Five police stations could be closed to the public under money saving measures.
If given the go ahead following consultation with staff, enquiry offices at Flitwick, Biggleswade, Leighton Buzzard, Dunstable and Houghton Regis will shut permanently.
Community police teams will still be based at the stations but people will only be able to see an officer by booking an appointment first.
At Biggleswade and Dunstable, officers that respond to 999 calls will still work out of the stations.
Reception desks at Luton and Bedford’s Greyfrairs police stations will remain open and an additional enquiry desk would open next year at the Beds Police headquarters in Kempston.
The closure plans have been drawn up under a £250,000 cost cutting scheme.
Chief Constable Jon Boutcher said: “These decisions are never made lightly but we must continue to explore ways of delivering savings whilst improving the effectiveness of our service delivery.
“People contact us and engage with us in a variety of different ways including by phone and online, as well as face-to-face in their communities and homes, so the demand on enquiry offices has reduced over time. We have to adapt to those changes.
“Another factor has been the recent introduction of our new ‘Fast/Fixed’ operating model which gives victims the opportunity to have an appointment with an officer at a location to suit them. That is often their own home, but we must also continue to offer facilities on the force estate for those who prefer to come into a police station.
“The force faces tough financial challenges and we must continue to make tough decisions to realise the necessary £17.5 million savings by 2019, whilst protecting frontline policing as best we can.
“Although early days, the new model is already showing signs of delivering improved response times, which is exactly what we want to see. This is as a result of effectively assessing calls to determine an appropriate response and focussing our ‘Fast’ Response resources on those incidents where people need a quick-time police presence. That is what best protects people and what ultimately can save lives.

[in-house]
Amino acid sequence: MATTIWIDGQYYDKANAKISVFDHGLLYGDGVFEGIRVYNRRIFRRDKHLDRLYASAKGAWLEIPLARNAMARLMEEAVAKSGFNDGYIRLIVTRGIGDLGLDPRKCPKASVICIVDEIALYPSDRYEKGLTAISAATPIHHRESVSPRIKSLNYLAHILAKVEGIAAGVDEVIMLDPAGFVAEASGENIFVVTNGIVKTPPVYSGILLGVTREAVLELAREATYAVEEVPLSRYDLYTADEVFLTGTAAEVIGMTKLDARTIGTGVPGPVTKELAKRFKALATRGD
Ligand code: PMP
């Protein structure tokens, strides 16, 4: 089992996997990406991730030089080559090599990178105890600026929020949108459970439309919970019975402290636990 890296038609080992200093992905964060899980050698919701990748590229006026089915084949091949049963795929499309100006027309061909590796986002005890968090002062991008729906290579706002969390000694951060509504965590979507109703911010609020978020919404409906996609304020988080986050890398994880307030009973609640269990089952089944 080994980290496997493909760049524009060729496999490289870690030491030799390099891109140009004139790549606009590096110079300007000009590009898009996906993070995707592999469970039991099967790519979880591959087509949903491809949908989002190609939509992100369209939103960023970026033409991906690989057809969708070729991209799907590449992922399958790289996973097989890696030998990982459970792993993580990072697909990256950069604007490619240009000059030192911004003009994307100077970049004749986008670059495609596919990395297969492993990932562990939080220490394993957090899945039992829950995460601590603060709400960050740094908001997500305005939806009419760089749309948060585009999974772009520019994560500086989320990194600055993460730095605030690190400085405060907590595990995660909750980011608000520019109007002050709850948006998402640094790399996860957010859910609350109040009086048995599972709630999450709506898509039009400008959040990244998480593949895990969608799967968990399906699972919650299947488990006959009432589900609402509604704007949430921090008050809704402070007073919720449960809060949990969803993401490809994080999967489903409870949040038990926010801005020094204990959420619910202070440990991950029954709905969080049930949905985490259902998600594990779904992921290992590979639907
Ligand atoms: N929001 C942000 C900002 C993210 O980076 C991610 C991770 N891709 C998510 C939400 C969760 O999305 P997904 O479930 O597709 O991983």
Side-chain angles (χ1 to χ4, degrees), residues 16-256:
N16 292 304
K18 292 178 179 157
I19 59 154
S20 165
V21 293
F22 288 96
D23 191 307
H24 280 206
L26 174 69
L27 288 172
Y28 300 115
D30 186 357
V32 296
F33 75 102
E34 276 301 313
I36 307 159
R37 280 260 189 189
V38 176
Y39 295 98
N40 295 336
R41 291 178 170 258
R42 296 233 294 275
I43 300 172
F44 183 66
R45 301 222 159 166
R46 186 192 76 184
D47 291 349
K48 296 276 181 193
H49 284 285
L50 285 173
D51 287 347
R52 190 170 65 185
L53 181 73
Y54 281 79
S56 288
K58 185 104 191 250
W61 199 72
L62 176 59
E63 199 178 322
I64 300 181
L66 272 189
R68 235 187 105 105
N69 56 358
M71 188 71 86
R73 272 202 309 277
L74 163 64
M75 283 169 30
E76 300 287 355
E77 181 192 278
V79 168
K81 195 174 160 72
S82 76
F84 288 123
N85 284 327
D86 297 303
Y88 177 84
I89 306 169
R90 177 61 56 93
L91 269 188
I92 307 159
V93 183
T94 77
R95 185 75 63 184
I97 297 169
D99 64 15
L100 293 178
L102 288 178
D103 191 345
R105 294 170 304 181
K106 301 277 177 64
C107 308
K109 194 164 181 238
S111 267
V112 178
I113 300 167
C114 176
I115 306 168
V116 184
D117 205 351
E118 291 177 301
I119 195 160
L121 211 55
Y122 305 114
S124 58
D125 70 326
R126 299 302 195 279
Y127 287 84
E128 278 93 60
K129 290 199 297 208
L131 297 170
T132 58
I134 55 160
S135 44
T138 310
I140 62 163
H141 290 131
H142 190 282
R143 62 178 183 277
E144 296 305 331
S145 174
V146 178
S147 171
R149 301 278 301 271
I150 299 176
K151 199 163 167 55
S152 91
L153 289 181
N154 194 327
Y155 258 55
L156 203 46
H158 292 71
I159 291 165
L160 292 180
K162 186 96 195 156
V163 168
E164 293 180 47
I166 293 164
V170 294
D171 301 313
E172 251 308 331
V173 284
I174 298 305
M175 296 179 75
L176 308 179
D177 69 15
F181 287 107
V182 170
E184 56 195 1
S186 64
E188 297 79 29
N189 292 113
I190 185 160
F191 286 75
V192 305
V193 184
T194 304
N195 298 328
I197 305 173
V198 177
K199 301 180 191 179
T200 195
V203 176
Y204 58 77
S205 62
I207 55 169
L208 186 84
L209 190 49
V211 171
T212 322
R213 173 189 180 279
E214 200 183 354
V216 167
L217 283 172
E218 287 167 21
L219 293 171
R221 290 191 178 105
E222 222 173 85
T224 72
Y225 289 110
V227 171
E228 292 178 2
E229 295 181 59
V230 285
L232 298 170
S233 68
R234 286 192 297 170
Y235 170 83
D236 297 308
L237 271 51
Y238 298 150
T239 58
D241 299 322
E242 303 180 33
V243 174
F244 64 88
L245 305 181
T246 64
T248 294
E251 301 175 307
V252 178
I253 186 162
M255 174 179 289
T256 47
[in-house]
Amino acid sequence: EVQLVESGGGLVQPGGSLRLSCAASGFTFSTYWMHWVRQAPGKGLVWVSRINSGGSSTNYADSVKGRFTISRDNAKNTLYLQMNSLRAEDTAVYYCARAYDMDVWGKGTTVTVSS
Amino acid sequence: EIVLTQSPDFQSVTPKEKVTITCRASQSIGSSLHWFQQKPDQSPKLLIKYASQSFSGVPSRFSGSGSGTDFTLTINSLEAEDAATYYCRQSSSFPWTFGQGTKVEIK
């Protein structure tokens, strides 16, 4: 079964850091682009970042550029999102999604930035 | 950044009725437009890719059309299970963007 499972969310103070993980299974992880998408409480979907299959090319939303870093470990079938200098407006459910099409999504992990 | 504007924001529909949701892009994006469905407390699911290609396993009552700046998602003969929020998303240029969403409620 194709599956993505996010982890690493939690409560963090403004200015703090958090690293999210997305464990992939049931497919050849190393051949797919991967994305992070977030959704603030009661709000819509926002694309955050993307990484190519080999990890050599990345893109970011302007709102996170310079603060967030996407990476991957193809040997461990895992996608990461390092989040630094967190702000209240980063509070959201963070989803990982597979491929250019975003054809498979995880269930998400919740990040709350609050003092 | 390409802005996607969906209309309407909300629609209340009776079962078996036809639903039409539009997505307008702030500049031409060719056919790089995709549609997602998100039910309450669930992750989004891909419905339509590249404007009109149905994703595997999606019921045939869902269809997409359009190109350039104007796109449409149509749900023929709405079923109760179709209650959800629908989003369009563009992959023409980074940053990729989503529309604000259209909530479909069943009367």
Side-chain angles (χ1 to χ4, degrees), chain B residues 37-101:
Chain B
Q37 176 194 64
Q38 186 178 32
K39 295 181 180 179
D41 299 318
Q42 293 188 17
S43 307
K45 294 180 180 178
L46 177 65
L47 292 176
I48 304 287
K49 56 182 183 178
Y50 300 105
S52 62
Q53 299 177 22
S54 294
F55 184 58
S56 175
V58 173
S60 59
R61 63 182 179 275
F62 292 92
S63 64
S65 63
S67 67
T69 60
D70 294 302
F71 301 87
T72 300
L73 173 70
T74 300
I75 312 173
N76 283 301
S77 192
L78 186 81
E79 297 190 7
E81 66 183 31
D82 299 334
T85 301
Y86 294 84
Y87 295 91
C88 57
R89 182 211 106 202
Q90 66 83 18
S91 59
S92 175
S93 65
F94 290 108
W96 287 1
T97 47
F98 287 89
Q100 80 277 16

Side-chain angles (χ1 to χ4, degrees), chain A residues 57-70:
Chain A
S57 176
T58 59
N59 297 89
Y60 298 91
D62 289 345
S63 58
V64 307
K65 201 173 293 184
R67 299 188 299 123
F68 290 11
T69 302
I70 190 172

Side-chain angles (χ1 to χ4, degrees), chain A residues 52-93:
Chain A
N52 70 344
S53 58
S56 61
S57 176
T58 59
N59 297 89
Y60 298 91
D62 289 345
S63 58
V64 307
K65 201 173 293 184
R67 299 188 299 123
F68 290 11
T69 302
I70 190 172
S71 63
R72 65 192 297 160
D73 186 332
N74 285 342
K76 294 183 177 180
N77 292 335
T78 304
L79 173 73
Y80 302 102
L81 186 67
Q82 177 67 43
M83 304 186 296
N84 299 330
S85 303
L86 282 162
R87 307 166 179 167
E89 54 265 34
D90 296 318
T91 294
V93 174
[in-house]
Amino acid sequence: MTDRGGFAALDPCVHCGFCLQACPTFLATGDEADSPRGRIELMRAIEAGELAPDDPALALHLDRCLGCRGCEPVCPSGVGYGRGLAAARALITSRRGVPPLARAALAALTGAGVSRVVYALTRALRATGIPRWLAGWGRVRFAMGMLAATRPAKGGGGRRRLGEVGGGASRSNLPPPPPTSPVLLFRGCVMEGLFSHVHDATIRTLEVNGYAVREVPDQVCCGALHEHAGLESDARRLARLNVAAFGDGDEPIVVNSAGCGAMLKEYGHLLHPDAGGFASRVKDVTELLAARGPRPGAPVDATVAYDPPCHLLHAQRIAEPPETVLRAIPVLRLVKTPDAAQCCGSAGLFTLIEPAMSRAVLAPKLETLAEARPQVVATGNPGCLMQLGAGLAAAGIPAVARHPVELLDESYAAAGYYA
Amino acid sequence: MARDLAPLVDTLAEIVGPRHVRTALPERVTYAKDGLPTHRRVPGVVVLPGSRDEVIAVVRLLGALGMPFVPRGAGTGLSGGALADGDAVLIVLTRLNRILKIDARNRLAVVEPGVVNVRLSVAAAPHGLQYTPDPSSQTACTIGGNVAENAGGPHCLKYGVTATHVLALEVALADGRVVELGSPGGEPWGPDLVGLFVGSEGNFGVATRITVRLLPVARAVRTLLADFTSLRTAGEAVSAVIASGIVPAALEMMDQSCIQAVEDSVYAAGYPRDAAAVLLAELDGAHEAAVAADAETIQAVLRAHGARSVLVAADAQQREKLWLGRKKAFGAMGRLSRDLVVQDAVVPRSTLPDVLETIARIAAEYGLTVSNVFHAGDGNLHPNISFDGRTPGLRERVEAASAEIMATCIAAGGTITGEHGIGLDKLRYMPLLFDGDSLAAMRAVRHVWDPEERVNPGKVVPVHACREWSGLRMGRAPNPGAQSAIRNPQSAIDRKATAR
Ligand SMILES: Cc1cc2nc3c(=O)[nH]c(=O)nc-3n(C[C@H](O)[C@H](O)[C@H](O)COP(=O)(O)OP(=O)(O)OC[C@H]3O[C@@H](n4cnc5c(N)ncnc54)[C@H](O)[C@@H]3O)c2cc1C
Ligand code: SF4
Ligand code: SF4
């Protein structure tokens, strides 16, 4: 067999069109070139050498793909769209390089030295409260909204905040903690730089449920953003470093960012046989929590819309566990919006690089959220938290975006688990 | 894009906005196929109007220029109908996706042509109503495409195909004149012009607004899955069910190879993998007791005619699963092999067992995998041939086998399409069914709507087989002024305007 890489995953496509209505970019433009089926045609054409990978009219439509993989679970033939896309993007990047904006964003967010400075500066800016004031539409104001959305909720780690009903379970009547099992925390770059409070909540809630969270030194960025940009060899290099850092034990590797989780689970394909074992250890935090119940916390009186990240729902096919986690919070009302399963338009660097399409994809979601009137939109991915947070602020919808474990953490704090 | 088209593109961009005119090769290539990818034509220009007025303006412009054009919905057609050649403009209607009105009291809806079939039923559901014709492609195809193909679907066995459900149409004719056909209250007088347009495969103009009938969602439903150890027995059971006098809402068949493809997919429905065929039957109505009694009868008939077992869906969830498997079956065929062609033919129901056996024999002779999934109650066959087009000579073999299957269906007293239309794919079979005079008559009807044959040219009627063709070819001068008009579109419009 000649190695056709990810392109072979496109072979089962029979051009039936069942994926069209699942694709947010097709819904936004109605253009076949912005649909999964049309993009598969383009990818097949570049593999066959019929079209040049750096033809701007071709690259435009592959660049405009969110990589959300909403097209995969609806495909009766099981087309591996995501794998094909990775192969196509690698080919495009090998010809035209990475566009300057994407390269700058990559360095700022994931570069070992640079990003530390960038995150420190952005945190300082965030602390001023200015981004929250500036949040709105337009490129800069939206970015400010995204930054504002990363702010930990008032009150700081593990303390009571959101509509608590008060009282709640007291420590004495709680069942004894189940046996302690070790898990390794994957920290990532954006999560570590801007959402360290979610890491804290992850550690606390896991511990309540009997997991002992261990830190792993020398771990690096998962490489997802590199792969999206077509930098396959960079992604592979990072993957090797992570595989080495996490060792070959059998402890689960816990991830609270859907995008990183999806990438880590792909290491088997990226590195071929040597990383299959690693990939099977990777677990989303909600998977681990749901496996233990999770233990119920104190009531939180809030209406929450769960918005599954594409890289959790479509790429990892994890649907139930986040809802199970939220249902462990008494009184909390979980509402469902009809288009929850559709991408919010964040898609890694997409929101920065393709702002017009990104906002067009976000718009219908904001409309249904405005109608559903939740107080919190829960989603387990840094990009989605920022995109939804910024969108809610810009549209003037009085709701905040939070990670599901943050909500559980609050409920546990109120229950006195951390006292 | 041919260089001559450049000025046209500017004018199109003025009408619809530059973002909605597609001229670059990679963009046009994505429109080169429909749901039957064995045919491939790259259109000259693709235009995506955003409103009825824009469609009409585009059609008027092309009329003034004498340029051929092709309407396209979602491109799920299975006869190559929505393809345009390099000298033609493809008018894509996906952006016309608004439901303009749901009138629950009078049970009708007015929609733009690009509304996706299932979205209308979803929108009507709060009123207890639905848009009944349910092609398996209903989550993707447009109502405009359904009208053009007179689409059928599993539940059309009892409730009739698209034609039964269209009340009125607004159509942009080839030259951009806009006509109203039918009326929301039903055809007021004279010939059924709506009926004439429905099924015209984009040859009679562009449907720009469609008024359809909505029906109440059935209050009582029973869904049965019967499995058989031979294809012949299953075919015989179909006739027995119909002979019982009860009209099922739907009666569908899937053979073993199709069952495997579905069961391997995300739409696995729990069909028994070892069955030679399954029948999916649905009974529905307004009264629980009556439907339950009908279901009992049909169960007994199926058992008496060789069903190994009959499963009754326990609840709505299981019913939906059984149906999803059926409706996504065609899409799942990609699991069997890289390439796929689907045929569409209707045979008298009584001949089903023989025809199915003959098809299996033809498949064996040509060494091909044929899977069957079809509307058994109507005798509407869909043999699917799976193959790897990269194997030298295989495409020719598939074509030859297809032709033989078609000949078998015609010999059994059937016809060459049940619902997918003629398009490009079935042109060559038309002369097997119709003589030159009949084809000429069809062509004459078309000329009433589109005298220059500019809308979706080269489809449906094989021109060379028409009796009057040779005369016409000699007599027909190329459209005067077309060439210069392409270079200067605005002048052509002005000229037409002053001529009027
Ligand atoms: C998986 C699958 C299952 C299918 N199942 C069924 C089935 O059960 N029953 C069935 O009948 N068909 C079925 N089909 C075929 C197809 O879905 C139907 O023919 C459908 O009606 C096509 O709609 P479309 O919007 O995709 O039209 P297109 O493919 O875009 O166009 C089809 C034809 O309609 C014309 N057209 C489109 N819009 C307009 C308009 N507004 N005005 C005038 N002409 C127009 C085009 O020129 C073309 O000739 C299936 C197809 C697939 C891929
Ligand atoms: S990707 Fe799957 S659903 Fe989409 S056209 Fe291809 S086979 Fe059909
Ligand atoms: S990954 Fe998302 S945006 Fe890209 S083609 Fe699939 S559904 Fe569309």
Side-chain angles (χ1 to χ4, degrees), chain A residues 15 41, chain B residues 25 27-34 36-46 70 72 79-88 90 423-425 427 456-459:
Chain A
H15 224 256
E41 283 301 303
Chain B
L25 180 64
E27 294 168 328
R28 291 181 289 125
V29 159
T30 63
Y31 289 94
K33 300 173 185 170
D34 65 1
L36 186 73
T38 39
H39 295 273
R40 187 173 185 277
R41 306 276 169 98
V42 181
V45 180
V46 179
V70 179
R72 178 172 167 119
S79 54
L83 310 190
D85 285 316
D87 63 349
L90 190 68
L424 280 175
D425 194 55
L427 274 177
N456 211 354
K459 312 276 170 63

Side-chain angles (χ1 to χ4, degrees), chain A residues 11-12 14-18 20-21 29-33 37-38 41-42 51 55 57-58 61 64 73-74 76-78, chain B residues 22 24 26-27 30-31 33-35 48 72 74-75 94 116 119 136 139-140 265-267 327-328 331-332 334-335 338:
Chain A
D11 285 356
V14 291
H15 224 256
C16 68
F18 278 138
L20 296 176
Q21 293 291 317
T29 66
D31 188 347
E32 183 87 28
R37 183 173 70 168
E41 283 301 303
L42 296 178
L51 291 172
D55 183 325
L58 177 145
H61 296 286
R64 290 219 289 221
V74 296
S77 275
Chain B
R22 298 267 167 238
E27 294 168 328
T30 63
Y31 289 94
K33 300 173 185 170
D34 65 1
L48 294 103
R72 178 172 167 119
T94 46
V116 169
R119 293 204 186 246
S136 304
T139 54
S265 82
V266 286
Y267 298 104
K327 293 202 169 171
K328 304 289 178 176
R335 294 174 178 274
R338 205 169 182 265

“We will continue to explore new ways of working as we aim to achieve our vision of being a well-respected, high-performing, efficiently run police service working together to protect people, fight crime and keep Bedfordshire safe.”
Cash strapped Beds Police needs to make savings of £17.5 million by 2019, which includes a six per cent reduction in the force’s estate.
Police and Crime Commissioner Olly Martins said: “In June Bedfordshire Police introduced the new ‘fast/fixed’ operating model which included putting warranted police constables back into the dedicated community policing teams in each part of the county. This has meant a modest increase in the number of officers, but this is only possible if we cut costs elsewhere, hence this consultation with staff about these five enquiry offices.
“The public tell me very clearly that they want police officers to be more visible in their communities but to deliver this means taking some difficult decisions about how best to use our limited resources. In this time of austerity, keeping open enquiry offices that are only visited by two or three callers a day, often just to ask for directions, does not seem very sensible.”